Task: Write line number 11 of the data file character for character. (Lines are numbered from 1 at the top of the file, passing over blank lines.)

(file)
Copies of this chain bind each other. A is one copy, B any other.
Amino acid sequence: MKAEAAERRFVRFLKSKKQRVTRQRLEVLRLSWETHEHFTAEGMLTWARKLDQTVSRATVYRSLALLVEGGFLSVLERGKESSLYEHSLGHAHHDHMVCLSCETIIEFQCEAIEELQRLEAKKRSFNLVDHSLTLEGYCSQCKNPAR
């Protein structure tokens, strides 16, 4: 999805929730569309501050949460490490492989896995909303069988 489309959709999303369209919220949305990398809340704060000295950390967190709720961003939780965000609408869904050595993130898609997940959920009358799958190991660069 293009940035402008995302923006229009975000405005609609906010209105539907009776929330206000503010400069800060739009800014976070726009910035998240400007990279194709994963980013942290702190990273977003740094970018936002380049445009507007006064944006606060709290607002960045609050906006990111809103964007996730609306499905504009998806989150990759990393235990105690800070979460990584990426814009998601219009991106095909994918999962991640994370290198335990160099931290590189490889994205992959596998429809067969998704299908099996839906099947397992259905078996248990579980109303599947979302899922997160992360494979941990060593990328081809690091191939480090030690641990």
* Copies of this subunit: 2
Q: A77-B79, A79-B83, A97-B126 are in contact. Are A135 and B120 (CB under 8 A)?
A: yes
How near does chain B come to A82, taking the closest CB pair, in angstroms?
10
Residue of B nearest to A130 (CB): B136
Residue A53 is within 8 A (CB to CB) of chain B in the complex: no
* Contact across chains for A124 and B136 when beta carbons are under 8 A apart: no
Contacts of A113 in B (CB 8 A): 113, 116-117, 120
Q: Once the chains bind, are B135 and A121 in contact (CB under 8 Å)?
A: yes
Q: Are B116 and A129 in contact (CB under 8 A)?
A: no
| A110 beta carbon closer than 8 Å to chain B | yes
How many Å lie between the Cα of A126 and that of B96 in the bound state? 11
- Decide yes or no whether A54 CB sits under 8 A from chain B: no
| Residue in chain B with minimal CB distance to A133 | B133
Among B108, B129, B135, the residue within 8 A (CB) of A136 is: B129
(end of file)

* Contact across chains for A124 and B136 when beta carbons are under 8 A apart: no